Revelation! If I had a sleep disorder, then I could do something about it! It could be fixed! Maybe I would sleep and maybe, just maybe, I wouldn’t always be so tired.

What to do? I found a hypnotherapist. One session and that night, I slept! I spent the next day in a state of wonder. I knew I could do anything. Fly to the moon, climb Everest, anything was possible. And I wondered. Did people who slept well feel like that every day? Was life that easy? That much fun?

Pusska liked to keep some books handy, just in case she couldn't sleep.

Pusska liked to keep some books handy, just in case she couldn’t sleep.

Did better sleep continue? Am I now one of the fortunate ones who go to bed and go to sleep? Well no, it hasn’t been that simple. There have been periods when my life has been calm and sleep has been better. There was one scary and difficult time when sleep was disrupted completely, but that’s another story.

I understand myself better now. Such self understanding has taken sixty-six years and several years with a wonderful therapist. Self understanding, growth and change don’t come easy. Having now experienced times when I am rested I have great compassion and admiration for my sleep deprived self. How did I survive? How did I hold down jobs? Even turning up for work was an achievement. I can forgive myself for so much.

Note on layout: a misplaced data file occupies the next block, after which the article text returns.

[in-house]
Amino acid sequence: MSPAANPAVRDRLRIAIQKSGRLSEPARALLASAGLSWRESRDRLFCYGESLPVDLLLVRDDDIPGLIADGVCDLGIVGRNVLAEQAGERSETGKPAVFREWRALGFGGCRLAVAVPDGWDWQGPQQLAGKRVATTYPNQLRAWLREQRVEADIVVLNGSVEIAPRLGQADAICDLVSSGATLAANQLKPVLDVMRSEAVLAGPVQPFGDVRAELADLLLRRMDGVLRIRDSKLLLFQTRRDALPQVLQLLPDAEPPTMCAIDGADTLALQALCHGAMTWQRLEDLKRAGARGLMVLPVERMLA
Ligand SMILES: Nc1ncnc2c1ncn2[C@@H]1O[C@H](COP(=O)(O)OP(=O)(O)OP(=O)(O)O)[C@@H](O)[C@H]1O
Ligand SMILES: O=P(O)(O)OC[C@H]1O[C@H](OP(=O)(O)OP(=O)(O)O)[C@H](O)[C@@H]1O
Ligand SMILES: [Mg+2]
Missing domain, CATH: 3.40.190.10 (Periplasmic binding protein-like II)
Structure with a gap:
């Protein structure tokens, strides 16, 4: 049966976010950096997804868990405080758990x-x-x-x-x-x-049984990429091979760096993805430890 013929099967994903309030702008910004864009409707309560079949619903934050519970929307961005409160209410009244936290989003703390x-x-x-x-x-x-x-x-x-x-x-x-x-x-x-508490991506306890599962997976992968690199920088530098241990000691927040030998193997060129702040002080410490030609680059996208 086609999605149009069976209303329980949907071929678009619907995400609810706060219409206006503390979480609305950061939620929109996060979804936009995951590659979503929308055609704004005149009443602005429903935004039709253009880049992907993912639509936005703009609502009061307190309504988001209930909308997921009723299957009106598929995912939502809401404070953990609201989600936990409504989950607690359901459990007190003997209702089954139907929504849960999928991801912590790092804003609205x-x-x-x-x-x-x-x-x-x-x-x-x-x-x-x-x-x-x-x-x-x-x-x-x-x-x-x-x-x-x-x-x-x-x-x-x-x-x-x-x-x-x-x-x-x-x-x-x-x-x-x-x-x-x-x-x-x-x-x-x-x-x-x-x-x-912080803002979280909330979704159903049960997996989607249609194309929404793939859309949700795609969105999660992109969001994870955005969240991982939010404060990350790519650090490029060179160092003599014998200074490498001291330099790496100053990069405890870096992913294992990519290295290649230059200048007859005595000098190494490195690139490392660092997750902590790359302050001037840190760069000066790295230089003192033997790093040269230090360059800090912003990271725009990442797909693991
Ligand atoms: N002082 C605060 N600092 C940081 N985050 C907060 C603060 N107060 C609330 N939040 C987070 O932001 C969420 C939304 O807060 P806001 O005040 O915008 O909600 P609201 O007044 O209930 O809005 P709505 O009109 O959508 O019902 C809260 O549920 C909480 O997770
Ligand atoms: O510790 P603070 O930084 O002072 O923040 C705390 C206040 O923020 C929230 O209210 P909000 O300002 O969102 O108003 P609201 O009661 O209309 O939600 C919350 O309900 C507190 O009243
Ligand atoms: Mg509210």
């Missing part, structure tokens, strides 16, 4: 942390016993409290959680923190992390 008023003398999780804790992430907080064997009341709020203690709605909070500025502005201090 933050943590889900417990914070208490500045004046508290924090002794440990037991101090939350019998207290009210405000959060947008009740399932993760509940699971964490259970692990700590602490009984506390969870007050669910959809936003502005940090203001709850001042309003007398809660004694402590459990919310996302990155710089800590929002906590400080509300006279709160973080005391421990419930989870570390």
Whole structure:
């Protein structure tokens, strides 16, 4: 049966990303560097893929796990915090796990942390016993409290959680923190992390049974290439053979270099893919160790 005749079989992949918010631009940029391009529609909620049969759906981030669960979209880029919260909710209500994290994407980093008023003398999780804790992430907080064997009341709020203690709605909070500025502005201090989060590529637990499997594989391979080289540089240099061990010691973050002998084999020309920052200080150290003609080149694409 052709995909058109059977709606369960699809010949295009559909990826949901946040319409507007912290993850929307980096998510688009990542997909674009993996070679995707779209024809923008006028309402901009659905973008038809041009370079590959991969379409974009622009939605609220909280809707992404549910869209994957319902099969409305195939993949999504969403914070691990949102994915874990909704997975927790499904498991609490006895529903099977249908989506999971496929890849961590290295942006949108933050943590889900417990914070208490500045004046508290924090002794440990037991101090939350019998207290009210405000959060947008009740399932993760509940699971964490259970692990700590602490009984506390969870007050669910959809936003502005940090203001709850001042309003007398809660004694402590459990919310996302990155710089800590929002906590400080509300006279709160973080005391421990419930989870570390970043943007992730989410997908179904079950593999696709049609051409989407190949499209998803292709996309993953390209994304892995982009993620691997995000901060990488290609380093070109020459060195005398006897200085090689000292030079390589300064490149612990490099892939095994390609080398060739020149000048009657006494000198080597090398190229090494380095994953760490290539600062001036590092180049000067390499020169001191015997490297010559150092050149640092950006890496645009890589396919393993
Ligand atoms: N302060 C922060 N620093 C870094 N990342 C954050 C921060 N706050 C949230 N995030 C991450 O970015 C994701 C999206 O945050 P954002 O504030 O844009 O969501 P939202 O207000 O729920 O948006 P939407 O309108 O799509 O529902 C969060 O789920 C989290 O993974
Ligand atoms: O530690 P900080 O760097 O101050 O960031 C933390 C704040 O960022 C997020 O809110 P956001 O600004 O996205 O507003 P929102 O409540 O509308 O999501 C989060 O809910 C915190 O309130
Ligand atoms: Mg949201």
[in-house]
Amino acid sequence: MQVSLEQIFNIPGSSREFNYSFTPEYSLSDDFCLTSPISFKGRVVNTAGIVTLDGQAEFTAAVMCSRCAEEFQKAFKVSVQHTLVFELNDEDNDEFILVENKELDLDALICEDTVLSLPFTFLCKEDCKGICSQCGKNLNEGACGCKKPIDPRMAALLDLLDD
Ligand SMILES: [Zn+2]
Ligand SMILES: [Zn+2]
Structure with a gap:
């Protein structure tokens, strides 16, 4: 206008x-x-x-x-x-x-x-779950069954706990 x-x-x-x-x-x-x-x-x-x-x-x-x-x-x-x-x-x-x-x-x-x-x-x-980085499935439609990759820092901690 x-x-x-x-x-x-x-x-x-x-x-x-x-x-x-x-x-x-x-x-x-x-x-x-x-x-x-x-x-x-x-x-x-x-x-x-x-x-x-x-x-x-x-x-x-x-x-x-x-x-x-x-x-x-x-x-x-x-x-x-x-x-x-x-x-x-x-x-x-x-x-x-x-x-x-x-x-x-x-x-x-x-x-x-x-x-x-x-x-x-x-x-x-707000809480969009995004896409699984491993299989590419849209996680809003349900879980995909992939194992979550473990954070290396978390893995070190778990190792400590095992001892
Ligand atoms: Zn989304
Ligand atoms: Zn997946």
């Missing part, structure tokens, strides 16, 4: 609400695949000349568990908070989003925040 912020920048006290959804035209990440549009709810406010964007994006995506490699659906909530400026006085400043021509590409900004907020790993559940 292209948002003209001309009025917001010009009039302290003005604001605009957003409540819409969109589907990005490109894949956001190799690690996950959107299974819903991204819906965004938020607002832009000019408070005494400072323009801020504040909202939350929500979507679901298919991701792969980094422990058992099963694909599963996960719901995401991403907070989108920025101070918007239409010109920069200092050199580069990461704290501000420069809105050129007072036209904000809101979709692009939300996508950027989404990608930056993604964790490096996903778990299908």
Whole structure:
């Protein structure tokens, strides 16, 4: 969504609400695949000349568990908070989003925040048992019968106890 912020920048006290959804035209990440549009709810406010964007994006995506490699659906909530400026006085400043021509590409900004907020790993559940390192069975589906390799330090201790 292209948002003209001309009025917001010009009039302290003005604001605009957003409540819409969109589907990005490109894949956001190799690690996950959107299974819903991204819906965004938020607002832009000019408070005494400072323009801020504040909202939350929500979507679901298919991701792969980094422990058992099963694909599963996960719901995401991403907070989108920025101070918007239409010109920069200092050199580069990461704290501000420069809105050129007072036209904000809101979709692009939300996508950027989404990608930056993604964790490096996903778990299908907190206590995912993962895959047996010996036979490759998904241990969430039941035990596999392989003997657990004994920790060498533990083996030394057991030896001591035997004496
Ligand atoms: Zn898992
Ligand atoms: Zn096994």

Today? I continue to learn about and to understand chronic insomnia.; to be grateful for the simple, necessary things of life; and to cultivate those practices that aid my rest.

For the times I’m rested and refreshed I shall be forever grateful. And for those other times? I’ll accept them and not worry. Today I know that if the non-restful times continue I seek help and I know that I will be helped. And I’m grateful for wisdom and experience that has given me tools so I’m no longer powerless or helpless.

Sleep comes naturally for cats.

Sleep comes naturally for cats.

What are some of the things I’ve learnt? Knowing when to ask for help and being able to accept it and having the courage to be vulnerable and humble enough to learn.

 

 

Love Letters straight from the Heart.

Remember letters? You wrote to someone on paper, put it in an envelope, addressed, stamped  and posted it.

A bundle of friends.

A bundle of friends.

Remember the feeling when you get a letter? Remember the feeling of anticipation, trying to guess who it may be from if you don’t recognize the writing. How long since you wrote a letter or since someone wrote a letter to you?

I don’t mean emails. I love emails. They’re quick, can be brief, are great for making arrangements and for staying in touch with a lot of people.